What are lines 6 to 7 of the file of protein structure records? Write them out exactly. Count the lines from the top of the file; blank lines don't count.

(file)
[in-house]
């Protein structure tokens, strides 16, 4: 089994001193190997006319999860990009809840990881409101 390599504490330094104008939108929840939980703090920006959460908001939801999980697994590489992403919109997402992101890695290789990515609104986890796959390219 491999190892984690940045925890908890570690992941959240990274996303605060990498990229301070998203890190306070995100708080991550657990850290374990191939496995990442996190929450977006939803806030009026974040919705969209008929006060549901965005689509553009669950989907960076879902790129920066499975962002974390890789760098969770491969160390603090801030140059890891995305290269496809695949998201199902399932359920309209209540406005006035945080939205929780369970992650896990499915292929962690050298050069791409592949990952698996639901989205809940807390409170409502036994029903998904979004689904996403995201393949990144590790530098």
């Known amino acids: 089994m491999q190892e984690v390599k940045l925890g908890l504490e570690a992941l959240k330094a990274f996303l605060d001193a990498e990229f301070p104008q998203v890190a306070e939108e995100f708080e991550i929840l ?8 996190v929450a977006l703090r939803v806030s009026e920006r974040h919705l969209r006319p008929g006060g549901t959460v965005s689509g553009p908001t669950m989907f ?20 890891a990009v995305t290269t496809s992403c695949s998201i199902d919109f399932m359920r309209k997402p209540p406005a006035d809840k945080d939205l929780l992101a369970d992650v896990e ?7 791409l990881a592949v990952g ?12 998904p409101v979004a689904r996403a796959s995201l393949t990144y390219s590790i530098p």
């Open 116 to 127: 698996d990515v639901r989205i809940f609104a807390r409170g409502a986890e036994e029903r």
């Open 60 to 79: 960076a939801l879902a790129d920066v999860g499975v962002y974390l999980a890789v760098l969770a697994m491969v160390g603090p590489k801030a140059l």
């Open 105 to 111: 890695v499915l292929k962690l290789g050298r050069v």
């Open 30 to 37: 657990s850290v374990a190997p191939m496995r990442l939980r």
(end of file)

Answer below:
């Open 105 to 111: 890695v499915l292929k962690l290789g050298r050069v």
């Open 30 to 37: 657990s850290v374990a190997p191939m496995r990442l939980r």